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Scientific Program

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David Artis, PhD
Director, Jill Roberts Institute for Research in Inflammatory Bowel Disease , Michael Kors Professor of Immunology, Department of Medicine, Professor of Microbiology and Immunology, Department of Microbiology and Immunology Co-Director, Evergrande Center for Immunologic Diseases, Weill Cornell Medicine, Cornell University, New York City, USA Dr. Artis is a highly regarded, prominent scientist whose work represents the most exciting, fast moving area of biomedical research. He investigates the interface between commensal bacterial populations and host immune responses. His laboratory has shown that inflammatory diseases such as IBD are profoundly affected by the resident bacteria in the Gut. And such inflammatory diseases are strongly regulated by the newly identified cell type, innate lymphoid cells. It is remarkable that in these efforts, Dr. Artis bridges preclinical research to patient based studies, skillfully executing translational research, critically required in the field.


Sarah Gaffen, PhD
Gerald P. Rodnan Professor of Rheumatology, Division of Rheumatology & Clinical Immunology, University of Pittsburgh. Sarah Gaffen is one of the world experts on the structure and function of the interleukin-17 receptor system, and the consequences of IL-17 signaling for in human health and disease. The Gaffen Lab works on understanding the basis for immunity to infections and autoimmunity. Specifically, the lab is trying to define mechanisms of signal transduction by cytokines and their receptors. The main focus is the interleukin-17 superfamily of receptors. Her research is aimed at defining the molecular and biochemical structure-function relationships in the IL-17R complex, as well as the role of Th17 cells at the oral mucosa.


Arlene Sharpe, MD, PhD
George Fabyan Professor of Comparative Pathology, Interim Co-Chair, Microbiology and Immunobiology, Co-Director, Evergrande Center for Immunologic Diseases, Harvard Medical School, Boston, USA The major interest of the Sharpe laboratory is to study functions of T cell costimulatory pathways and their immunoregulatory roles in controlling the balance between T cell activation and tolerance. Costimulation is of therapeutic interest because manipulation of T cell costimulatory pathways may provide a means either to enhance immune responses (to promote anti-microbial or tumor immunity) or terminate immune responses (to control autoimmune diseases or achieve tolerance for tissue transplantation).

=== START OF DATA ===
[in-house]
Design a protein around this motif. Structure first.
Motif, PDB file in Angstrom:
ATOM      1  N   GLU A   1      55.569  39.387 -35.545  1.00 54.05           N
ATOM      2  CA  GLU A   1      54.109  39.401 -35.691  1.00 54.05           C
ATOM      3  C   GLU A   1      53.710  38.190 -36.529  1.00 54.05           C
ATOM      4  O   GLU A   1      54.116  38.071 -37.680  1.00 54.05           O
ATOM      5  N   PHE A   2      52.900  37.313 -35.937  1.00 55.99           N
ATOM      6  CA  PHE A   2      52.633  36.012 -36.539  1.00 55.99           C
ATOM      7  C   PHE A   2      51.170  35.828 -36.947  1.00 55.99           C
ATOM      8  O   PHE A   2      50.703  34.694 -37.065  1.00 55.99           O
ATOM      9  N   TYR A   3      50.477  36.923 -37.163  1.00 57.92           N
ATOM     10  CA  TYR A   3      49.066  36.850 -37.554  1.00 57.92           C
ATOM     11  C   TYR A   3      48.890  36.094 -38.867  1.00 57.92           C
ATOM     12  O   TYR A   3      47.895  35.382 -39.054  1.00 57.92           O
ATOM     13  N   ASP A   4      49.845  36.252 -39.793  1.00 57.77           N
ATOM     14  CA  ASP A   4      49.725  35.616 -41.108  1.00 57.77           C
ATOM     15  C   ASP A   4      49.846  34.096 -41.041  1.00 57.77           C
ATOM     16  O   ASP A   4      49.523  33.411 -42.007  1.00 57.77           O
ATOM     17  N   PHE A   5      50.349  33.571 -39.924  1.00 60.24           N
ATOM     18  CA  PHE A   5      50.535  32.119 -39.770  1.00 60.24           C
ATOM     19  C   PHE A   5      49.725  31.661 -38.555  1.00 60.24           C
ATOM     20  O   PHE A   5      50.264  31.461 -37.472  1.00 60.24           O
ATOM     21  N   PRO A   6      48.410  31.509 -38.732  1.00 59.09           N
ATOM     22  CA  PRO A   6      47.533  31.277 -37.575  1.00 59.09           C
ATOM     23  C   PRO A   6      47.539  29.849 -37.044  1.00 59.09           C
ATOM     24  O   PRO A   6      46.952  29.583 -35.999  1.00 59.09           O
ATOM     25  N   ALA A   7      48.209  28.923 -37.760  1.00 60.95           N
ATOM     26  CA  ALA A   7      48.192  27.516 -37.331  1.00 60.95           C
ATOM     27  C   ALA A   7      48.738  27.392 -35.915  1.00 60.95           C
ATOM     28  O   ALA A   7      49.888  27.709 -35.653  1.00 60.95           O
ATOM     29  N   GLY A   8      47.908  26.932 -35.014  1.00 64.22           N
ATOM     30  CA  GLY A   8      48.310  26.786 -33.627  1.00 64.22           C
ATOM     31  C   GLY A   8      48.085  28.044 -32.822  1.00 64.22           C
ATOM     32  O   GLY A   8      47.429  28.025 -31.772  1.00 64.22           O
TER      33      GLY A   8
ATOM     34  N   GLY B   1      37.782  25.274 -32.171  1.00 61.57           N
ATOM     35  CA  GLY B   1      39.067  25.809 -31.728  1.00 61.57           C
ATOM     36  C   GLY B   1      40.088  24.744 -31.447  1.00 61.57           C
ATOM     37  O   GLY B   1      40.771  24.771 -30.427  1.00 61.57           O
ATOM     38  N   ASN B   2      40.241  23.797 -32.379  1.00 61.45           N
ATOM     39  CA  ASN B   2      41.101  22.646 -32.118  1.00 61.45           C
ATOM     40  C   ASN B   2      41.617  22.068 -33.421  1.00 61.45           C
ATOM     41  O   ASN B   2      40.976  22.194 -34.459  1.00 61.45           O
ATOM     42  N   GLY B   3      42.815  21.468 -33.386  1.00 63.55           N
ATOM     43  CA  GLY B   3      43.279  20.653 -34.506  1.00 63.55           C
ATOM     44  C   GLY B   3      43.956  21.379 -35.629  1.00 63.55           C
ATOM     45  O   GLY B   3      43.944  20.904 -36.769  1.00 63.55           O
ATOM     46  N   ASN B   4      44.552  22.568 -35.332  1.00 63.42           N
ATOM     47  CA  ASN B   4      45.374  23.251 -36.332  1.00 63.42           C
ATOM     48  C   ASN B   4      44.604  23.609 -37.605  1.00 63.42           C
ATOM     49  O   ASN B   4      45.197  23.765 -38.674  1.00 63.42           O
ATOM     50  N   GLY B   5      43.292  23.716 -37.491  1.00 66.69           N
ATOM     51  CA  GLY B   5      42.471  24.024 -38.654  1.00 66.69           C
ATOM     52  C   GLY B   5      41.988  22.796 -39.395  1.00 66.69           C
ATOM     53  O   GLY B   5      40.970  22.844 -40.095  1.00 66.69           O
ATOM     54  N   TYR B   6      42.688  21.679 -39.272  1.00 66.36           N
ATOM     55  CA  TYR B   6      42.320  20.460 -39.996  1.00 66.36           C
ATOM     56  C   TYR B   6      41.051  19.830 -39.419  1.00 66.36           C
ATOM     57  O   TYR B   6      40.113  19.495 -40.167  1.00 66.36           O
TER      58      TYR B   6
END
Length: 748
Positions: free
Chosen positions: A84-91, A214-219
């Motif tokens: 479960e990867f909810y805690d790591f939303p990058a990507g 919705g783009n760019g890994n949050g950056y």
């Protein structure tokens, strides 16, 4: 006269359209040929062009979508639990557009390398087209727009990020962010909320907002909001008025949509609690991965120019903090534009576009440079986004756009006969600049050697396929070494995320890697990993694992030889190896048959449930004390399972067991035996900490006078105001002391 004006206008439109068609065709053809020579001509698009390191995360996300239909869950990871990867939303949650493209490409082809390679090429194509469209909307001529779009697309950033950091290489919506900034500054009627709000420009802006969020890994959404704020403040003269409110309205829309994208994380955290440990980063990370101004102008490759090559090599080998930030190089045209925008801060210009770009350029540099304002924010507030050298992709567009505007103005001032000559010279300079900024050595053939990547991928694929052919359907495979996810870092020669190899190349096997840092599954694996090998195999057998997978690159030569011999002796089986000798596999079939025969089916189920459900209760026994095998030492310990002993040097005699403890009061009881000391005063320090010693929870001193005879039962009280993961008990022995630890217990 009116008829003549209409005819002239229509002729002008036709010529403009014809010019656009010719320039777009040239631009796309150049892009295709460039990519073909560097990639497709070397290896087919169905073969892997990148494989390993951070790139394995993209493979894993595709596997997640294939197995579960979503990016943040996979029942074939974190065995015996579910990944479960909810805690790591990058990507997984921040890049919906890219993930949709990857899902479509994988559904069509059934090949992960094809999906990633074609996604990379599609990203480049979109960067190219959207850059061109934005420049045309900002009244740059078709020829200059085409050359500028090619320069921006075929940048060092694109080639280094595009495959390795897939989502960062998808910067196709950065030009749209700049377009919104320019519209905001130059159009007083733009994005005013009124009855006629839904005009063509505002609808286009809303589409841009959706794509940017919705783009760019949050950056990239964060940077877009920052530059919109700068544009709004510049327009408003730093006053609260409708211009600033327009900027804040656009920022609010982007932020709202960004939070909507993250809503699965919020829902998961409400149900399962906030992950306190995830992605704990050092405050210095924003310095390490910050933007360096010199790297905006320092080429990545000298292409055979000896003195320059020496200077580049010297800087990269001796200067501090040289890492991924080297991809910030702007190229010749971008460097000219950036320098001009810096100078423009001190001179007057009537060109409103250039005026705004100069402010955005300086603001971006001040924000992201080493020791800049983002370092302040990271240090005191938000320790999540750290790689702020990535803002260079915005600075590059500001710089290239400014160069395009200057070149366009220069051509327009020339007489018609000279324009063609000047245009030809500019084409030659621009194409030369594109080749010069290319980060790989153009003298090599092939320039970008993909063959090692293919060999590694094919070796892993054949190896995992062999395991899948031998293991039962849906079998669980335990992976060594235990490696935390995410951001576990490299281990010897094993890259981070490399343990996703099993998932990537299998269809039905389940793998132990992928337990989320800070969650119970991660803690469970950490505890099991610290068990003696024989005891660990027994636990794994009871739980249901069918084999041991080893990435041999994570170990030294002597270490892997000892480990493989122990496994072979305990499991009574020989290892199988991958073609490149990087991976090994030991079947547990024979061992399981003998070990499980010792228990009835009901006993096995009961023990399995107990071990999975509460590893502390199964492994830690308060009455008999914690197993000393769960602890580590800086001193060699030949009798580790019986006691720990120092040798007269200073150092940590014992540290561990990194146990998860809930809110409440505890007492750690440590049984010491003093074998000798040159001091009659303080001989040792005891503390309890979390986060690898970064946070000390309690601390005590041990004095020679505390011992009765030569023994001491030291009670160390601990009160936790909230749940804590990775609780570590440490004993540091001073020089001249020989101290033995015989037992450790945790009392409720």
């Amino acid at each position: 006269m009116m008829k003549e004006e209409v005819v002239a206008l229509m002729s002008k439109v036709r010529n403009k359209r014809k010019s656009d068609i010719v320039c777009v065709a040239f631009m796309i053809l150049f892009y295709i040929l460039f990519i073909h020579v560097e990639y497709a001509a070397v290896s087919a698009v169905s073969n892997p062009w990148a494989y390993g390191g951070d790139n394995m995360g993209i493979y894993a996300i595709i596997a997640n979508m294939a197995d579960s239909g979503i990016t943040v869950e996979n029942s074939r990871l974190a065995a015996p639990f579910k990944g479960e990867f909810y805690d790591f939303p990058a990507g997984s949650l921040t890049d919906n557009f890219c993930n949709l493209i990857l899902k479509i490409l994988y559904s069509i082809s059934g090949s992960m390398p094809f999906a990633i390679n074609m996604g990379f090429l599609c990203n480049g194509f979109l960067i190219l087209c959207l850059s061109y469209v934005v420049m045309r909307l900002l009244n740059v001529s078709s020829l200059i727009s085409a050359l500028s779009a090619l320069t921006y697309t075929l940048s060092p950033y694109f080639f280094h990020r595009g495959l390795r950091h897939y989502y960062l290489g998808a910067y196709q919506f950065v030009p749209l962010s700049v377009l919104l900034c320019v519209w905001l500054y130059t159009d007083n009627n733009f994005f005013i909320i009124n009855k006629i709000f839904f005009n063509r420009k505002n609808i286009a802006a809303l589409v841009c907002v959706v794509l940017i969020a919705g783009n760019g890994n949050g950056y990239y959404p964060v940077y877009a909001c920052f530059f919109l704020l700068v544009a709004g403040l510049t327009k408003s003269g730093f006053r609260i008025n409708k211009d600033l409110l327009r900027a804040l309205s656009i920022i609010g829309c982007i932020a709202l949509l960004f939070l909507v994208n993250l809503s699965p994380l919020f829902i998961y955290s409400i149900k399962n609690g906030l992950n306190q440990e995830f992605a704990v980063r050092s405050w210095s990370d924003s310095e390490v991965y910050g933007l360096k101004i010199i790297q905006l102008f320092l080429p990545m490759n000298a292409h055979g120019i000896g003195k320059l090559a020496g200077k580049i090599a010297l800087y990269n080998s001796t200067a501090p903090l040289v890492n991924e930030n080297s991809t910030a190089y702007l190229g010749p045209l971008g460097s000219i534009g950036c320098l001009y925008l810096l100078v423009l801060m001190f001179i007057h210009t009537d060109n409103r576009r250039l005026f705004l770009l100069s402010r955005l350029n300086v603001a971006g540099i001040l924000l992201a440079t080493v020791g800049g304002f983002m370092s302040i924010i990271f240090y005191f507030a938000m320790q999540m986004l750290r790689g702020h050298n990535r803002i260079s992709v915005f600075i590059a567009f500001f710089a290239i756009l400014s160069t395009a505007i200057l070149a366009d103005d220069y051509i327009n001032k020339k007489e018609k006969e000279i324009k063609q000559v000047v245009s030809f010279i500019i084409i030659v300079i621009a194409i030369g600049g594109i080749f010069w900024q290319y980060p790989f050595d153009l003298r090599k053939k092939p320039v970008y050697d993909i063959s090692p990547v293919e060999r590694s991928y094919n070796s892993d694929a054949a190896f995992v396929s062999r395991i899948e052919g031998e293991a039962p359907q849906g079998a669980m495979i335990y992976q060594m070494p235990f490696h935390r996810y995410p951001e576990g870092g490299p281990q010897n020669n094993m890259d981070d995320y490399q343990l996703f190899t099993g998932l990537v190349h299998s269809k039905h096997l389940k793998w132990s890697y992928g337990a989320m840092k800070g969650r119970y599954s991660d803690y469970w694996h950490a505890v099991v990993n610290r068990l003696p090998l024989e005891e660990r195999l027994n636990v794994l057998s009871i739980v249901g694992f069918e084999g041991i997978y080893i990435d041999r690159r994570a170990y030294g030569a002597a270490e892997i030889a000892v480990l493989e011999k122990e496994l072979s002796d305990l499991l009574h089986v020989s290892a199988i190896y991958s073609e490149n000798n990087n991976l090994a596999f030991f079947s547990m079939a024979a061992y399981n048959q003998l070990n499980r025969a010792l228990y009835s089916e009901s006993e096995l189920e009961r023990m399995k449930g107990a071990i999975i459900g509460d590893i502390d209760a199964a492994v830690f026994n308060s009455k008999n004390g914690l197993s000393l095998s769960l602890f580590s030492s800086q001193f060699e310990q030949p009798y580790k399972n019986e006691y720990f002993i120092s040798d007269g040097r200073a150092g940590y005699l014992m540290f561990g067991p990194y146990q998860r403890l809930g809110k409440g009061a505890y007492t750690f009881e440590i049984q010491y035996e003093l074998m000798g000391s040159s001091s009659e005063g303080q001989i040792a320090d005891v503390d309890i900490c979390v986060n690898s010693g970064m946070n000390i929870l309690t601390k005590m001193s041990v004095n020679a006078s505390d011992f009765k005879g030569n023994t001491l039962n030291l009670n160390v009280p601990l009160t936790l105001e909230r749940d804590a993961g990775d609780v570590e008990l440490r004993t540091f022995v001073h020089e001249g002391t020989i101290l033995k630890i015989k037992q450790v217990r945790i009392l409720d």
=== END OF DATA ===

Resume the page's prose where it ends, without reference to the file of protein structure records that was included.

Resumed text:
Judith Allen (UK) Jon Kagan (US) Carla Rothlin (US)
David Artis (US) Thirumala Kanneganti (US) Alexander Rudensky (US)
Burkhard Becher (CH) Brian Kim (US) Ram Savan (US)
Yasmine Belkaid (US) Xiaoxia Li (US) John Schoggins (US)
Igor Brodsky (US) Clare Lloyd (UK) Ganes Sen (US)
Clare Bryant (UK) Carolina Lopez (US) Feng Shao (CN)
Michael Carroll (US) Andrew Luster (US) Arlene Sharp (US)
James Chen (US) Diane Mathis (US) John Silver (US)
Marco Colonna (US) Katrin Mayer-Barber (US) Greg Sonnenberg (US)
Caroline Coyne (US) Mandy McGeechy (US) Christina Stallings (US)
Yanick Crow (UK) Andrew McKenzie (UK) Daniel Stetson (US)
Herbert De’broski (US) John O’Shea (US) Gitta Stockinger (UK)
Kate Fitzgerald (US) Anne O’Garra (UK) Elia Tait Wojno (US)
Michaela Gack (US) Luke O’Neill (IE) Tadatsugu Tanguchi (JP)
Sarah Gaffen (US) Wenjun Ouyang (US) Steve Varga (US)
Nicola Gagliani (DE) Marina Pajic (AU) Henrique Veiga-Fernandez (PT)
Mike Gale (US) Manuela Rafatellu (US) Andreas Wack (UK)
Ananda Goldrath (US) Glen Rall (US) Bryan Williams (AU)
Douglas Golenbock (US) Vijay Rathinam (US) Hiroki Yoshida (JP)
John Harris (US) Nancy Reich (US) Ivan Zanoni (US)
Chris Hunter (US) Kenneth Rock US) Steve Ziegler (US)
Brendan Jenkins (AU) Maria Grazia Roncarolo (US) Elina Zuniga (US)


2017.12.07_Preliminary Schedule